Founders like to dive right in, that’s the way most of us are. Guided by our unhinged ambitions, running towards what we want to accomplish and pushing to succeed. But, as we’ve talked about before, in a startup, structure and research are essential. Don’t get carried away with fanciful flights of ambition, slow down and do your homework. What model are you going to use for your new venture? What corporate structure will you use? Why would you choose one over the other? What are the benefits of each and which one applies best? If you don’t have answers to these questions, then you need to slow down and figure it out. It all seems so daunting, right? That’s why we dedicate a chapter to the legal structure for startups in The Startup Playbook and urge you to seek legal assistance too.
There are many legal ramifications to how you do business and how you structure your startup. Don’t get into a mess with commercial and tax laws, avoid the situation altogether with a plan. The less you know about how you plan on doing business the more likely you’ll have unnecessary troubles down the road. You want to think ahead rather than indulging the desires of the moment. Really, we’ve done it the other way. It’s much easier to do this stuff up front and see new startups get it wrong all the time.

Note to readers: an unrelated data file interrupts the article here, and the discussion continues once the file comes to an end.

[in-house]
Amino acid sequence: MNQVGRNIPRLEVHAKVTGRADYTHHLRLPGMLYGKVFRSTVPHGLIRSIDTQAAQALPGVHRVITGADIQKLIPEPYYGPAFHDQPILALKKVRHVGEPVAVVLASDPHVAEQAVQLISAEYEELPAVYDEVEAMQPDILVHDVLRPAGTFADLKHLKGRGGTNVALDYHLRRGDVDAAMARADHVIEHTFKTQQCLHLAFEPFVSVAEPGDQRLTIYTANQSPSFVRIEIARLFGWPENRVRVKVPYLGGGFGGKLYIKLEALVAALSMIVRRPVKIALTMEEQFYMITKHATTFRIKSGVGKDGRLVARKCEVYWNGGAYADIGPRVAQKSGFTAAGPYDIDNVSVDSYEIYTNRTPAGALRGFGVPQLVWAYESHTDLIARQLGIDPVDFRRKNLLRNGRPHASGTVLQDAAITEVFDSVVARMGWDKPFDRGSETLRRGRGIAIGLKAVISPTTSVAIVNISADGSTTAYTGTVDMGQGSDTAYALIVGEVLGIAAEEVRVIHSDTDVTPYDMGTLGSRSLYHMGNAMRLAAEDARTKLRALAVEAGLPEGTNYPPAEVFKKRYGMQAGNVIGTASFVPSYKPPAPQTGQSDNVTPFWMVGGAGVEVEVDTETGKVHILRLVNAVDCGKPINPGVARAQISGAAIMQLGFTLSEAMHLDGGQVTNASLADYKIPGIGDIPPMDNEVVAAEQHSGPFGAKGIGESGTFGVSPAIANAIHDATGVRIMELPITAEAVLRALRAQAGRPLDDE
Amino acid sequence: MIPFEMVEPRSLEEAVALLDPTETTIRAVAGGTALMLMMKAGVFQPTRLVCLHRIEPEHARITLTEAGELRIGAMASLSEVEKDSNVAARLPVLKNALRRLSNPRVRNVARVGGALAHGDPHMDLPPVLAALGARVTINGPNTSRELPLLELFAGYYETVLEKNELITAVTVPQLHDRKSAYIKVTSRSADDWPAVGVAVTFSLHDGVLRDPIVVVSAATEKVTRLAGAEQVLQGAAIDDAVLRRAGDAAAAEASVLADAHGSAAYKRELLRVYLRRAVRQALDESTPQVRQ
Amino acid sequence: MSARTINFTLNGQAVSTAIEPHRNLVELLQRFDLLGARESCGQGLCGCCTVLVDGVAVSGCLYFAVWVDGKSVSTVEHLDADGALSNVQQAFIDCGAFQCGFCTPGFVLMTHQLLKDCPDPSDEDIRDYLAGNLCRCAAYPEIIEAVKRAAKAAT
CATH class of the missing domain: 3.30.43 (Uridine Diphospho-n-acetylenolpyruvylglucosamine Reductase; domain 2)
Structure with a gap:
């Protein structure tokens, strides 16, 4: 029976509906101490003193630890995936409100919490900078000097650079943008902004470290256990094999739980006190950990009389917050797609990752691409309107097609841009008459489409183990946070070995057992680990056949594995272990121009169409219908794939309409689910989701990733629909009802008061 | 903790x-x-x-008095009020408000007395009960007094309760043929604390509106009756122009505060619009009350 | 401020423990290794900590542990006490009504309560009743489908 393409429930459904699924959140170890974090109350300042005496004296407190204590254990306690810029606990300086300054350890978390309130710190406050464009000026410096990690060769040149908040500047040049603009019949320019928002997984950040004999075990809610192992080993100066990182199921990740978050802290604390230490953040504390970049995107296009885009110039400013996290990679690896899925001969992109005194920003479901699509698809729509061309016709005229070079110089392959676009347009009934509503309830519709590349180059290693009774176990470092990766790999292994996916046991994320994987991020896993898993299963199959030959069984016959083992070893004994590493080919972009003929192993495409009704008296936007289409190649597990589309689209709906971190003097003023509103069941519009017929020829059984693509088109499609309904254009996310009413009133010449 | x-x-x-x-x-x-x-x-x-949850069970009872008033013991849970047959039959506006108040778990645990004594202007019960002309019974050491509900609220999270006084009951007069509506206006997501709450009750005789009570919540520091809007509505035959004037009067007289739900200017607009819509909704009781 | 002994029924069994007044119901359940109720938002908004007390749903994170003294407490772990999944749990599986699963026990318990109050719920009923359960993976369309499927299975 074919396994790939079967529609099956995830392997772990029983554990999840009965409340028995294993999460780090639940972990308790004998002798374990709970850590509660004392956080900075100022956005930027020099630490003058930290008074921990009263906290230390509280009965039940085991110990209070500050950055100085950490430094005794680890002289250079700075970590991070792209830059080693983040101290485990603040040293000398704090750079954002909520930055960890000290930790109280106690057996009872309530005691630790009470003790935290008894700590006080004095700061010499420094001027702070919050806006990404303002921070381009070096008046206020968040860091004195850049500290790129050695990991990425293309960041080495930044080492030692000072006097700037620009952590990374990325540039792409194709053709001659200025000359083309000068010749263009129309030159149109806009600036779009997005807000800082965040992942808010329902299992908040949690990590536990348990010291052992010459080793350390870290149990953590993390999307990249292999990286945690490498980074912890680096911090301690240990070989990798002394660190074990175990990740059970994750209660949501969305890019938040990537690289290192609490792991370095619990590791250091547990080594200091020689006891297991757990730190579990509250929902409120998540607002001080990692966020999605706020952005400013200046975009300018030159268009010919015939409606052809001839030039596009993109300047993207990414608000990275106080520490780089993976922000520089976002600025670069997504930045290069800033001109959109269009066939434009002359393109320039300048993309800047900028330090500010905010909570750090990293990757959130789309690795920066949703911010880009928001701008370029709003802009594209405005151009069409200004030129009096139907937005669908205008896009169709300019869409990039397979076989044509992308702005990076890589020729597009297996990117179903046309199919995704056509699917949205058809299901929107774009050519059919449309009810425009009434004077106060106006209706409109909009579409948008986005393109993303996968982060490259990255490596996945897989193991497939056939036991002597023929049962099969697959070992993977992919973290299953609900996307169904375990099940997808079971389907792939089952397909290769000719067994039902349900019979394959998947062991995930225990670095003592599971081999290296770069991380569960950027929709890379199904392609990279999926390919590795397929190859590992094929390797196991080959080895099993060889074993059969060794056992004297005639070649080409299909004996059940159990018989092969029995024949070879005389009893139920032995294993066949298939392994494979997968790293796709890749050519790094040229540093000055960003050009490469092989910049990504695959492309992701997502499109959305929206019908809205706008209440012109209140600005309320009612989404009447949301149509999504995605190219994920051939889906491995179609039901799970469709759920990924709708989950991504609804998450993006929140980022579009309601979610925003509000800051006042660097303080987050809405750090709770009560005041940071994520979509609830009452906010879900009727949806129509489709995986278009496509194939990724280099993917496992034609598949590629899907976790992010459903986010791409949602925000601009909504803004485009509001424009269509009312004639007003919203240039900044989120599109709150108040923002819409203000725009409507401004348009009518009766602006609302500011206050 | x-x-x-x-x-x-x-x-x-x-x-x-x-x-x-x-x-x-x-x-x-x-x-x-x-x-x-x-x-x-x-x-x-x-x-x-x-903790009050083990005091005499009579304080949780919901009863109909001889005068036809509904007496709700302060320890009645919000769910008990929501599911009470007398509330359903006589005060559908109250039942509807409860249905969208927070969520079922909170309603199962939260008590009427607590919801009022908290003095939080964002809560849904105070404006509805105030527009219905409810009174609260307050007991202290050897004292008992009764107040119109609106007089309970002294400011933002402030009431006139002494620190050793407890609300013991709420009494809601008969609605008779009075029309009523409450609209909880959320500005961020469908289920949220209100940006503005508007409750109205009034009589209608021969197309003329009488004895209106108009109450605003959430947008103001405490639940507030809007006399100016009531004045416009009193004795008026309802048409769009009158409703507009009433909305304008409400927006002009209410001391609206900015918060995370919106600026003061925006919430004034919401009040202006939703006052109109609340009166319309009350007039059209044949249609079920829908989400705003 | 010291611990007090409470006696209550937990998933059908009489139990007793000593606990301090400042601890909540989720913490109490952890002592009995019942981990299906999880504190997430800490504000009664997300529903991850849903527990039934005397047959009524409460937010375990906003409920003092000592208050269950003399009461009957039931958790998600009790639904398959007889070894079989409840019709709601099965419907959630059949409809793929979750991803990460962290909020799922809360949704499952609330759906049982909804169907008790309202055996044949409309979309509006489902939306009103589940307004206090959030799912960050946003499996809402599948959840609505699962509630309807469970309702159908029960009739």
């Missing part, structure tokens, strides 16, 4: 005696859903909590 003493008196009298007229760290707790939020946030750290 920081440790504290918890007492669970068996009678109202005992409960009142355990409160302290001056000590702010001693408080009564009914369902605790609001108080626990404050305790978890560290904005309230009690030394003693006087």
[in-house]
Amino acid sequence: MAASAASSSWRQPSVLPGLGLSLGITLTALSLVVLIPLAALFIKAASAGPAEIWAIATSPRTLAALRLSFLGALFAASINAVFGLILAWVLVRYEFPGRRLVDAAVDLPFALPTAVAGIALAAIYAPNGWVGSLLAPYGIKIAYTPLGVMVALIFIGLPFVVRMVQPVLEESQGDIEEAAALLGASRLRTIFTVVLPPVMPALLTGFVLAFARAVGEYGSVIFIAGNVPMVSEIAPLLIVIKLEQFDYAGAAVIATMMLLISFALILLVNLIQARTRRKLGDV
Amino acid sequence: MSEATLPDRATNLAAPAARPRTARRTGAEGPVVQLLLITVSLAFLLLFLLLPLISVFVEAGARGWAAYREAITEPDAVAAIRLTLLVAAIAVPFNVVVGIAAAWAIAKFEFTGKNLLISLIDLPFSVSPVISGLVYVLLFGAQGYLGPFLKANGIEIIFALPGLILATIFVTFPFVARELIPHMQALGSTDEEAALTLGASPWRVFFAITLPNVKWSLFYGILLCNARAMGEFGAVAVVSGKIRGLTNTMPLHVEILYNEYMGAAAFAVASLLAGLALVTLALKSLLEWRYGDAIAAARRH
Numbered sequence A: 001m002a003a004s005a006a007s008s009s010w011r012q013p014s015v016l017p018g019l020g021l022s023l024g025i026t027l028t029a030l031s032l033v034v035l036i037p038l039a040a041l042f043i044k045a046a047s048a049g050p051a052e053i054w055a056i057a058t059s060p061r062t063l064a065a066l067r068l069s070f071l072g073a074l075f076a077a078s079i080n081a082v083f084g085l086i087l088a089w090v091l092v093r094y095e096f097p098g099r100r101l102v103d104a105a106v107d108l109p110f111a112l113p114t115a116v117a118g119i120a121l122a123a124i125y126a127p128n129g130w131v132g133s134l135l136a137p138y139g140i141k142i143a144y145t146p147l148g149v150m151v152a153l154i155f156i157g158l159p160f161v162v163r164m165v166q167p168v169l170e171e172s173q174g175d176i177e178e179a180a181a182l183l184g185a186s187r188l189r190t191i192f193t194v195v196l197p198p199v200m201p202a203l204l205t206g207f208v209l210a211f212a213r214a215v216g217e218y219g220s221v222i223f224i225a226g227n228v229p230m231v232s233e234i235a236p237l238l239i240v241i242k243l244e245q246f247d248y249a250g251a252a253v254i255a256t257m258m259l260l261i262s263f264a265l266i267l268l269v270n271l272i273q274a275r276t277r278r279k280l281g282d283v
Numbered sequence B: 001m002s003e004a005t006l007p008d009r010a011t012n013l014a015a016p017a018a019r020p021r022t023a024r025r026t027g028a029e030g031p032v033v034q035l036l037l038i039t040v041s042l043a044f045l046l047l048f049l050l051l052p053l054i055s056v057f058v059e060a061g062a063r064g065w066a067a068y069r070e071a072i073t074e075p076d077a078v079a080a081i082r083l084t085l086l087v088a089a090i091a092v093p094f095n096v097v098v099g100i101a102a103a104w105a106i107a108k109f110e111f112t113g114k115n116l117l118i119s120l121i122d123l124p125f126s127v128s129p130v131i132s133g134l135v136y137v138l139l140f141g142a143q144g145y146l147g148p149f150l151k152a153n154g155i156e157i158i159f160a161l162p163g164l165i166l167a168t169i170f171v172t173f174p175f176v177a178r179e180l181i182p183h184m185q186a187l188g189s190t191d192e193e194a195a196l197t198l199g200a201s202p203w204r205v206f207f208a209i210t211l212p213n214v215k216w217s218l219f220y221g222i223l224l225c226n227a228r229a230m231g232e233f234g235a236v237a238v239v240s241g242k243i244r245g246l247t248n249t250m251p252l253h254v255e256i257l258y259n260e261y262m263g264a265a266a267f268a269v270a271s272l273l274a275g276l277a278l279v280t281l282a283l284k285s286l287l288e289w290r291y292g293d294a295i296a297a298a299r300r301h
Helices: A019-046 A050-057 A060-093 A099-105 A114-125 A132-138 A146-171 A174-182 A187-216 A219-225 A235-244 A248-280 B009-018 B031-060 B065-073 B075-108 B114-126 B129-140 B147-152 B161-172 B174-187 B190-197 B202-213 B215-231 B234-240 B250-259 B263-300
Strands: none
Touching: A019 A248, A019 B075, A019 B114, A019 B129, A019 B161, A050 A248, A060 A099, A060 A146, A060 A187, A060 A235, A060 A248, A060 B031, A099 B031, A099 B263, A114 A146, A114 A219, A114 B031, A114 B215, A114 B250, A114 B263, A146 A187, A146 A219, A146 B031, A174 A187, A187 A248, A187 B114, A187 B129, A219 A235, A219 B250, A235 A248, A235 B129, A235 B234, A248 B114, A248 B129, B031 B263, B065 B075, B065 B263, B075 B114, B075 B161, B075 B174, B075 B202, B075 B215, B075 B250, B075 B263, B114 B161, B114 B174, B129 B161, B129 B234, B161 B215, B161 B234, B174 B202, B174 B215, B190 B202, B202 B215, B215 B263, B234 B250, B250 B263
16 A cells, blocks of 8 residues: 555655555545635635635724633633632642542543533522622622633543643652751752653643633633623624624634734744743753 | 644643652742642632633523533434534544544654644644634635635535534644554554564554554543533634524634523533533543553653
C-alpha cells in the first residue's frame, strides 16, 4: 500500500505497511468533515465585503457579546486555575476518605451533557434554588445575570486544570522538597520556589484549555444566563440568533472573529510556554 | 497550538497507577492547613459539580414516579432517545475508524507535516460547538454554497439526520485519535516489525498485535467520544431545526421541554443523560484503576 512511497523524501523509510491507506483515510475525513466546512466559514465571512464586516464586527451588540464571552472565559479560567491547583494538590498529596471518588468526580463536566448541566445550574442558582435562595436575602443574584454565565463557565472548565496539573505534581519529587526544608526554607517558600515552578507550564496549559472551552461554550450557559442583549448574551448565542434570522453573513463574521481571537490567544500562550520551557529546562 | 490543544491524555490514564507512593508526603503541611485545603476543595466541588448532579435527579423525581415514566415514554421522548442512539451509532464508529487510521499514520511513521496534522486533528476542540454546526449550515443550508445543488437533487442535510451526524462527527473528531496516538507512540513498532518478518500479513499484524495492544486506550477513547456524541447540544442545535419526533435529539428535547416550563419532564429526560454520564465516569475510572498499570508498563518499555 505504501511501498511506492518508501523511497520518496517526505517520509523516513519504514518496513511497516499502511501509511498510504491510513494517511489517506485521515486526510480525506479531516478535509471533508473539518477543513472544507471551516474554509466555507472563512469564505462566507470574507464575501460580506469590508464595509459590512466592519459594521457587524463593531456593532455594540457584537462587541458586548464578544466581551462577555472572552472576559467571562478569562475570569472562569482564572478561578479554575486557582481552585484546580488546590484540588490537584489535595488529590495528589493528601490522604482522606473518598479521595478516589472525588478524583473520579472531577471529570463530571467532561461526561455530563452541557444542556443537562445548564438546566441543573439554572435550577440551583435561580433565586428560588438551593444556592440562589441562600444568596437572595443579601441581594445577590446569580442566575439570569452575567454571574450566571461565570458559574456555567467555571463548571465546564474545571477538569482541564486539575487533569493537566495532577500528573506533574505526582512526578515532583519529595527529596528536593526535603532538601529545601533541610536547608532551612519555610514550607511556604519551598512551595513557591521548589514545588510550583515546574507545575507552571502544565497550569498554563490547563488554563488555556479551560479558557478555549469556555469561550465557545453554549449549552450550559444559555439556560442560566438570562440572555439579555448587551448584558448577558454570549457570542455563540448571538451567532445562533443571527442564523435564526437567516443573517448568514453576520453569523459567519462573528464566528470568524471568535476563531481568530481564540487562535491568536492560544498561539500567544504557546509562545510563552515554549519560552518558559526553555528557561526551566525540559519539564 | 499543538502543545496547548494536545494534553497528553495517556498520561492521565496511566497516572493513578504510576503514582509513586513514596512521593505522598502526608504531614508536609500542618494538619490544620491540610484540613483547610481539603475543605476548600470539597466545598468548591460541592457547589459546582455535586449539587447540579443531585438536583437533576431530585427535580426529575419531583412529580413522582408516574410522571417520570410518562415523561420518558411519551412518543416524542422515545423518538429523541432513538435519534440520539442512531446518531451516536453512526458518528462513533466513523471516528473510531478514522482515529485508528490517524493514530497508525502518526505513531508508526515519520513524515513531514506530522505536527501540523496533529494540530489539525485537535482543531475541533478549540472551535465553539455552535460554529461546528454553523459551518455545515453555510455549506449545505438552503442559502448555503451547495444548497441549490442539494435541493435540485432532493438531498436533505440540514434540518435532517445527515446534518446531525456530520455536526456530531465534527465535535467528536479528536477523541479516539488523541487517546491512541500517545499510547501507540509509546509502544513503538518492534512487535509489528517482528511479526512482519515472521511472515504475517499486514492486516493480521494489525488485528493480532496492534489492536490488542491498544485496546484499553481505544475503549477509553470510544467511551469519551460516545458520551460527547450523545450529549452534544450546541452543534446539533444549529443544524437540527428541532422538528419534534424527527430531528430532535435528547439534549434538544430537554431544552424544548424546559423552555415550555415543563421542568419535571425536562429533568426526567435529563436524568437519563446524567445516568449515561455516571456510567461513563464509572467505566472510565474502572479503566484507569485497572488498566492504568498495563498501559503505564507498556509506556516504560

Your legal and business structure choices
Many early startups fit the idealistic model of a few people working in a garage, cranking away, building their product. One of the last things on their minds is what type of business structure they should operate under. This is a mistake. Even very early on, many of the structures that exist provide levels of protection, tax benefits, and a method for sharing ownership among the founders and investors that don’t exist outside a legal umbrella. Some of the dizzying array of options include: Sole Proprietorships, General Partnerships, LPs (Limited Partnerships), C Corporations, S-Corporations, and LLCs (Limited Liability Companies). There are even permutations of several of these that make the list quite a bit longer.
Each class of business offers advantages and disadvantages, as the founder of your startup you need to know what those are. You need to be able to speak intelligently on these subjects to your founding team, potential investors, and be able to back up the decisions you make. Showing that you understand your structure speaks volumes about your leadership qualities and demonstrates your competence. Both are essential features of a successful founder.
Get the help you need early on. It’s really quite a bit easier than you fear. Read the chapter in The Startup Playbook and find a local, startup-friendly lawyer by asking mentors, advisors and other entrepreneurs in your area.